Serve hot ladled into bowls garnished with the desired toppings.

Set aside the disappointment about the color.. because taupe is pretty too!

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Friday, October 23, 2015

Chicken Tajine with Preserved Lemon and Artichoke

Sacrilege!  Am I allowed to call this a tajine when I used chickpeas and quinoa?
Well, this type of cooking is not native to me so I have no issues with rule breaking.  There are certain things I would never permit if this was Indian food .  Certain things were made to be the way they need to be made.  I would never serve pasta with daal.. or beef korma.. nor would I ever put bacon in couscous (ok that's not Indian, but still, I wouldn't do it although I've seen people do it!)  I have no problem using paneer instead of tofu or subbing ground turkey for ground pork in Chinese recipes.  I also don't mind using Korean noodles in a Vietnamese dish.  This dish is the same.  I wanted all the little things separately and perfectly within the same dish.  The cooking method just happens to be called "tajine", which is why I permitted myself to name the dish this way.
Traditionally, a tajine is a slow cooked dish of vegetables and mixed spices with very little liquid that is sopped up with some sort of bread or couscous.  It can be made with meat or fish, but they are not submerged in the cooking liquid.  They are rather steamed or roasted atop the vegetables in a circular pyramidal clay cooking vessel also called a tajine.  They usually do not include any beans such as chickpeas.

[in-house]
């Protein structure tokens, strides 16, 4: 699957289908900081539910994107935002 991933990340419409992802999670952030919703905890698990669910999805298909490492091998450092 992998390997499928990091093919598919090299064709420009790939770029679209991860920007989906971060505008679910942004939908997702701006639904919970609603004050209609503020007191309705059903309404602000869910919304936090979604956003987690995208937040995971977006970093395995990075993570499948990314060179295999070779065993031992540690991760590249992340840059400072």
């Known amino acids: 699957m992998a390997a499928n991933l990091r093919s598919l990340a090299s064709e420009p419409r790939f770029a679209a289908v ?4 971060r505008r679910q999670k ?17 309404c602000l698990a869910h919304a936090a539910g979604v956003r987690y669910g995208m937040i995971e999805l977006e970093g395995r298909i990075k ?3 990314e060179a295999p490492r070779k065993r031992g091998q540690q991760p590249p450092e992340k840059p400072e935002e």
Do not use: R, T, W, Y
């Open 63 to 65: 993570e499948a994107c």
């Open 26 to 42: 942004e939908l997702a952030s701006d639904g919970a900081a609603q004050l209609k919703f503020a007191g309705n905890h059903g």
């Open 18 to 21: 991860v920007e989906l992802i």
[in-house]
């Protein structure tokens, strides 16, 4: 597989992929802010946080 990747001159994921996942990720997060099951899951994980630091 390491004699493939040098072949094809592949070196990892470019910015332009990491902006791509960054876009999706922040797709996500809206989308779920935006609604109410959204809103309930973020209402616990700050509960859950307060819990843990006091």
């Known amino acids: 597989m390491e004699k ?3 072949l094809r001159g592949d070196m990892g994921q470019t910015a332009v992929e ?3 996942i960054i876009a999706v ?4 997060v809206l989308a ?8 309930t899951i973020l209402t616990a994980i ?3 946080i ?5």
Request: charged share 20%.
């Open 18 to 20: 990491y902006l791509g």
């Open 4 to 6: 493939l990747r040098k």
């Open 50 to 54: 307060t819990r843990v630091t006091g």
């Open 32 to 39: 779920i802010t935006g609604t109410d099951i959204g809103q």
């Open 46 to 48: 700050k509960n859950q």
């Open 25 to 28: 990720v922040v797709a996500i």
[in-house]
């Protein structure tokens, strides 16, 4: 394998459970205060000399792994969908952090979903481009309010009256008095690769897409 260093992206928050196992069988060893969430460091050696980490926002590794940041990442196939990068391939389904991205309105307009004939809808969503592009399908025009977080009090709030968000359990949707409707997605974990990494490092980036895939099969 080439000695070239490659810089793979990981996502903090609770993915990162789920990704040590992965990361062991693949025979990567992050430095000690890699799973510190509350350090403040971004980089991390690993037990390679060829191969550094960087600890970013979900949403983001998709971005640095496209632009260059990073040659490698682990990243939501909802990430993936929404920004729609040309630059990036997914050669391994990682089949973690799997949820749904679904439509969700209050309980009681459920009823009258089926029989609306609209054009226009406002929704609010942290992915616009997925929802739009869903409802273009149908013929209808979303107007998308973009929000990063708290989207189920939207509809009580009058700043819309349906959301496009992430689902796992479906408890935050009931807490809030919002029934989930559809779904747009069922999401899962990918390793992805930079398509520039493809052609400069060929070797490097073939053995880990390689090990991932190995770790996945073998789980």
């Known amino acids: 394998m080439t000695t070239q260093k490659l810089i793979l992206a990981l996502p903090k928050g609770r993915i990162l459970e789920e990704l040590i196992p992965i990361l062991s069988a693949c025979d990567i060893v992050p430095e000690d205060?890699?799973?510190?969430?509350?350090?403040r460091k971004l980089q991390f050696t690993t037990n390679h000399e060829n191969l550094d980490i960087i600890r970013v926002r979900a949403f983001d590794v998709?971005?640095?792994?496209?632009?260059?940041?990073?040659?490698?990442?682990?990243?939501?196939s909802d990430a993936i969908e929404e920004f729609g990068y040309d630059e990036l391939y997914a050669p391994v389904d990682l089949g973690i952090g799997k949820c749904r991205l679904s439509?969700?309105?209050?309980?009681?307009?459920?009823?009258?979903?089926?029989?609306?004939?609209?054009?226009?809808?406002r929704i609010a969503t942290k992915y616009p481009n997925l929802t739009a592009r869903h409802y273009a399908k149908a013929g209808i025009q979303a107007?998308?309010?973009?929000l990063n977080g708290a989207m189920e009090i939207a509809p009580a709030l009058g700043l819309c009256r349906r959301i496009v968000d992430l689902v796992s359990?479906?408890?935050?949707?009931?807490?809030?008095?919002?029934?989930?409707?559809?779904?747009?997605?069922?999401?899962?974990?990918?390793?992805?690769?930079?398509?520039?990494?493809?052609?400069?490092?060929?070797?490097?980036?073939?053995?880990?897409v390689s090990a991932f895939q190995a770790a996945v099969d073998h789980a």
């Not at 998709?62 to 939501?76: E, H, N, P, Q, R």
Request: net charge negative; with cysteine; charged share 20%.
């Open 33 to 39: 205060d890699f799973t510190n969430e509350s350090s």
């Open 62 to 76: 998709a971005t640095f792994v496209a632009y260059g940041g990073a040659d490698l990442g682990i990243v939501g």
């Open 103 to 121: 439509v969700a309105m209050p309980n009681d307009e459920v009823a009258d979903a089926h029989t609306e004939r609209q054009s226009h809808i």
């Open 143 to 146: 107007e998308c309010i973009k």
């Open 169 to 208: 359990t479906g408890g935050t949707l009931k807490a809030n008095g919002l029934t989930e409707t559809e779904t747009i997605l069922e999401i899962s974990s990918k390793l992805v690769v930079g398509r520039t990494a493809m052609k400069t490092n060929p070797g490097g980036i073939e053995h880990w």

I wanted chickpeas and I really don't regret it.. sorry purists.
Serves 4
4 chicken legs
1 cup cooked chickpeas (or 1 can, drained)
2 cloves
1 cinnamon stick
1 tsp cumin seeds
1 tsp whole black pepper
2 dried red chiles
2 preserved lemons, pulp discarded and rind sliced
1 can artichoke hearts, drained
1 large onion, sliced into moons
1 green chile, halved (I used a Kabyle chile)
few pinches saffron
1/4 cup water
chopped cilantro
lime wedges
1.  Place the chickpeas at the bottom of the slow cooker along with the cloves, cinnamon stick, cumin, black pepper, dried chiles, and preserved lemon.  Layer on the onion, chicken legs, artichoke hearts, green chile, and saffron.  Pour the water in.  You want the chicken and artichokes to be above the water level so they will "roast" and not soak.